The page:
Ubisoft

"Watch Dogs" puts the controls of a networked city in players' hands.

The so-called "smart city" of the very near future can have centralized controls to send power where its needed, adjust street light timing for optimal traffic flow, and provide city operators with all the information they'll need to keep the city moving along smoothly and safely. In an ideal world.

In a less-than ideal world, that centralized network can collect information about city residents for the benefit of private companies, and the entire system will be vulnerable to hackers with intentions both sinister and deadly.

It is this less-than ideal world that's the setting of a soon-to-release video game set in Chicago that imagines a dystopic near future where the controls of the smart city are hacked and can be used for both good and bad.

Announced by maker Ubisoft this week at the Electronic Entertainment Expo video game conference, the premise of "Watch Dogs" springboards off the Northeast blackout of 2003 – a real-life multi-state power outage that left millions in the dark. A promotional video invents a backstory, claiming it was caused by a disgruntled power utility employee's nefarious computer virus. This, the video suggests, is just the beginning of what can go wrong in an increasingly networked urban environment.

Computer controls have led to what the game calls "central operating systems" – the "smart city" systems major high tech corporations are now marketing to cities all over the world. In the game, these systems provide centralized control over the infrastructure of the city, including traffic lights, subway lines, surveillance cameras, water and nuclear power supplies, the electricity grid and even building-level security systems.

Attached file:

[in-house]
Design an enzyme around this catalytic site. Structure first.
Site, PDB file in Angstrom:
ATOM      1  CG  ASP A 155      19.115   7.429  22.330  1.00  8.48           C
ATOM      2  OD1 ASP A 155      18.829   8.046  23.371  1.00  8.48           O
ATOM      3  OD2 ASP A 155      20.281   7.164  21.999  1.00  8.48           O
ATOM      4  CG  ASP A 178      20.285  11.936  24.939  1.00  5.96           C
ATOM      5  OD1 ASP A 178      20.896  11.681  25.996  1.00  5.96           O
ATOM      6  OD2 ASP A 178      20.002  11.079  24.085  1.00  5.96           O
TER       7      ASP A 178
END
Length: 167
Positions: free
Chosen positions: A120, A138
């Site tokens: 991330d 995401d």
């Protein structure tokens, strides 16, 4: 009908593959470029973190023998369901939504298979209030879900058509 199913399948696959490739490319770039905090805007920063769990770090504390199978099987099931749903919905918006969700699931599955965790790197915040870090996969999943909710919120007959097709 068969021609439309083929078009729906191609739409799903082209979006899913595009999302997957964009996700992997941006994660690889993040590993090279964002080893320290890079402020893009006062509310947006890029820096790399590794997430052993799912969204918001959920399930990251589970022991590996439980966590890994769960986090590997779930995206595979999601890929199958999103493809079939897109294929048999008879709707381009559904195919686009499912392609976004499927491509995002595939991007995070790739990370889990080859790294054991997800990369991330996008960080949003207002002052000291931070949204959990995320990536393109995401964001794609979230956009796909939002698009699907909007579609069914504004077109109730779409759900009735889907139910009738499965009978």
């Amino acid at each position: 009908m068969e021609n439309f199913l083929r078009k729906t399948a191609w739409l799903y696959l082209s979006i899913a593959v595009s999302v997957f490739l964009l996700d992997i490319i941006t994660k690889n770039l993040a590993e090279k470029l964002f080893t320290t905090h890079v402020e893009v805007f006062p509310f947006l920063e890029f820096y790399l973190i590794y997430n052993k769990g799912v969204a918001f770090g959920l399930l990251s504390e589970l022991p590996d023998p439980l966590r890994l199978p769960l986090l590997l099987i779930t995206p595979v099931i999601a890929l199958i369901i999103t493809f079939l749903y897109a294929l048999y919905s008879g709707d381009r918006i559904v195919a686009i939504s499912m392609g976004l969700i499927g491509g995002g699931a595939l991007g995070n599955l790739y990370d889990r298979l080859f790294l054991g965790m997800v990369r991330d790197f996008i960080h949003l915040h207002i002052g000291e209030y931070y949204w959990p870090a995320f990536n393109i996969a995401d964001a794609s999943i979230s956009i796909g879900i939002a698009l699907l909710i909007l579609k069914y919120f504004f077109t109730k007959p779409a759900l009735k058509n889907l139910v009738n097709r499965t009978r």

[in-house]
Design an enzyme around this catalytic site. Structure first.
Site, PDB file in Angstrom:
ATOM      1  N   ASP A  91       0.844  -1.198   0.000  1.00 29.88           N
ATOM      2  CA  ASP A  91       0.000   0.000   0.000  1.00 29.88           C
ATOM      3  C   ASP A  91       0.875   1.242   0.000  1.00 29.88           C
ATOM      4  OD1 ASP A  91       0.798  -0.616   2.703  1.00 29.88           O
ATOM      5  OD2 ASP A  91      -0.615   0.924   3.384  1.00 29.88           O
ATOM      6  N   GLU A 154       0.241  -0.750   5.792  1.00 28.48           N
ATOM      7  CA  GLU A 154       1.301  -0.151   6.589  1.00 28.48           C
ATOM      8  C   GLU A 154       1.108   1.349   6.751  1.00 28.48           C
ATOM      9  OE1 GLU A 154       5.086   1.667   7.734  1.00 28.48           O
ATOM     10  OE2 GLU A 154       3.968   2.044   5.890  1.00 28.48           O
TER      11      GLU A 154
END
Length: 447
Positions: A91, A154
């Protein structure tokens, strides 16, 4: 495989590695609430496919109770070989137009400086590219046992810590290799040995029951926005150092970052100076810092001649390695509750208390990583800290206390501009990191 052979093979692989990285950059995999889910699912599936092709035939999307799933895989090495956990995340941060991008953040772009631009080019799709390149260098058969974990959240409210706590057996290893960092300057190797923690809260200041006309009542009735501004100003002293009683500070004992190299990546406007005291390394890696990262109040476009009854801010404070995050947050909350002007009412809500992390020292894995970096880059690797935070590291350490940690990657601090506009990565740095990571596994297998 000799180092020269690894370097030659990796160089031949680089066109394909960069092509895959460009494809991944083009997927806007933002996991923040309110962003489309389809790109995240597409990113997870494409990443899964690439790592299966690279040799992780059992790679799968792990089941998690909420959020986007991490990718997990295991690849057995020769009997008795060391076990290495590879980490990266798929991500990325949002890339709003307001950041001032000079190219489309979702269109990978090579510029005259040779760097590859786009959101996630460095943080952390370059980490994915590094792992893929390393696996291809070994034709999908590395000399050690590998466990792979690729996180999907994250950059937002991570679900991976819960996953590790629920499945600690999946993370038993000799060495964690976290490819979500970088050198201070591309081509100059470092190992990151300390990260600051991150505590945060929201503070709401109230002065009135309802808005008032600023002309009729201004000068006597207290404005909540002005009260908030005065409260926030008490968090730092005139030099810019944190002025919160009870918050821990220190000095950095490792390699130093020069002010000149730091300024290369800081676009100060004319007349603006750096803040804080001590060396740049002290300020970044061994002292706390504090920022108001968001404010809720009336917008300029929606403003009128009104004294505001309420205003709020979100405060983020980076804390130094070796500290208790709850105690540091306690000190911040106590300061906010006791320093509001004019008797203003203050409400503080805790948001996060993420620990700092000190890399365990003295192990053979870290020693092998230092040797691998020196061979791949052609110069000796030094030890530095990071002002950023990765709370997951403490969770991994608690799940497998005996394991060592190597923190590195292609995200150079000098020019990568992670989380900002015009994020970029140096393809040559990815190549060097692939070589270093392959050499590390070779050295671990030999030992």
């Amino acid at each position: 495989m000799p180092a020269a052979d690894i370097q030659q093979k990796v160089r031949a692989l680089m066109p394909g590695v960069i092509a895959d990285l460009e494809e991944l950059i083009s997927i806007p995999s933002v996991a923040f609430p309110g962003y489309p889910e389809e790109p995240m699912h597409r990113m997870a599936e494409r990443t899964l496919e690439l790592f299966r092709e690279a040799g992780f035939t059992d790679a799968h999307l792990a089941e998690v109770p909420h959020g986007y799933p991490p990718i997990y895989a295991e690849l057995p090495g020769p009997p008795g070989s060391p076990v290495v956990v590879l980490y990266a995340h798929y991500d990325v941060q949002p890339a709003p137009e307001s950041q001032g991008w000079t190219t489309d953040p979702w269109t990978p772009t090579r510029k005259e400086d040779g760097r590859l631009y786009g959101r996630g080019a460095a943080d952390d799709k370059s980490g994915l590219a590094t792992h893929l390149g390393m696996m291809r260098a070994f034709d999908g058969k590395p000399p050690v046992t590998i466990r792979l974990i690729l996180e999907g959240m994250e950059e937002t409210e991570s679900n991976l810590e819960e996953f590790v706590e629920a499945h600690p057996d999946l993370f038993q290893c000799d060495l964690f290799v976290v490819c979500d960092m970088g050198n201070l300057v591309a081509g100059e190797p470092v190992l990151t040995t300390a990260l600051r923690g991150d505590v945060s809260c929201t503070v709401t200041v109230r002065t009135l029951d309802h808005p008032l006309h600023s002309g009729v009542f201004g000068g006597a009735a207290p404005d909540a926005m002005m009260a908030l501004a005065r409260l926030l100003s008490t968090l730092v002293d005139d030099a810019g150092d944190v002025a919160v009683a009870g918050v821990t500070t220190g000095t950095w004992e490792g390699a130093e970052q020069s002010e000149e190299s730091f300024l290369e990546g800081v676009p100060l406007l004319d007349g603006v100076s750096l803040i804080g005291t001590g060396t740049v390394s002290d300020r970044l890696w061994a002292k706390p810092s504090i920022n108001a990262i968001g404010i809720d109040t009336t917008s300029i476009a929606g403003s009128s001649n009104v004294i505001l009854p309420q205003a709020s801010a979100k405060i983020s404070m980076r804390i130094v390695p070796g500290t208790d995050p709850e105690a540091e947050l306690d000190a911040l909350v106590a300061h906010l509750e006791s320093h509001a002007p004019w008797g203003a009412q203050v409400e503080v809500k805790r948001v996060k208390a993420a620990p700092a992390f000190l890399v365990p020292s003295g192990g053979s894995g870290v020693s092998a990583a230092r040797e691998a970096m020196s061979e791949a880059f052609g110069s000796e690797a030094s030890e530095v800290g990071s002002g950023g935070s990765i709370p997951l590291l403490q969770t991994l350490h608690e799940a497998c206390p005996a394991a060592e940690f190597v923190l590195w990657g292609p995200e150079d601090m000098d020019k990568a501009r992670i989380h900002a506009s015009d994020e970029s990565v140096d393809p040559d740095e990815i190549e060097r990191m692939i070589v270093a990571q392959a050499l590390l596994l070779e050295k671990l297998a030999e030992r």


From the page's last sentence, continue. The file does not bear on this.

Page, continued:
"A computer now controls a major city," says the narrator of one of the game's promotional videos. "But who controls the computer?"

As in real life, this video game-ified version of the smart city sits under the dark shadow of the potential for such a computer-controlled city to be used for diabolical means by the companies that provide these services.

The protagonist of this game is one of the hackers who's been able to take control of the smart city. The plot revolves around the protagonist trying to bring a wrongly acquitted criminal to justice, and as the video below shows, he uses his mobile phone to mess with the urban control system to help him do it. A particularly interesting section begins at 6:30, when the protagonist displays his (and really, the player's) ability to control the city's smart infrastructure with destructive prowess. (Warning: this video contains some profanities and violence.)

Given the nature of most big budget video games today, it's not too surprising that much of the game's focus is on beating people with clubs and shooting others in the head. But if we can look beyond that, the premise of tapping into the controls of a networked city for tactical or even malicious purposes is both an intriguing role-playing concept and a worrying vision of what may lie not too far ahead as cities become "smart."

Image credit: Ubisoft

About the Author

Nate Berg

Nate Berg is a freelance reporter and a former staff writer for CityLab. He lives in Los Angeles.

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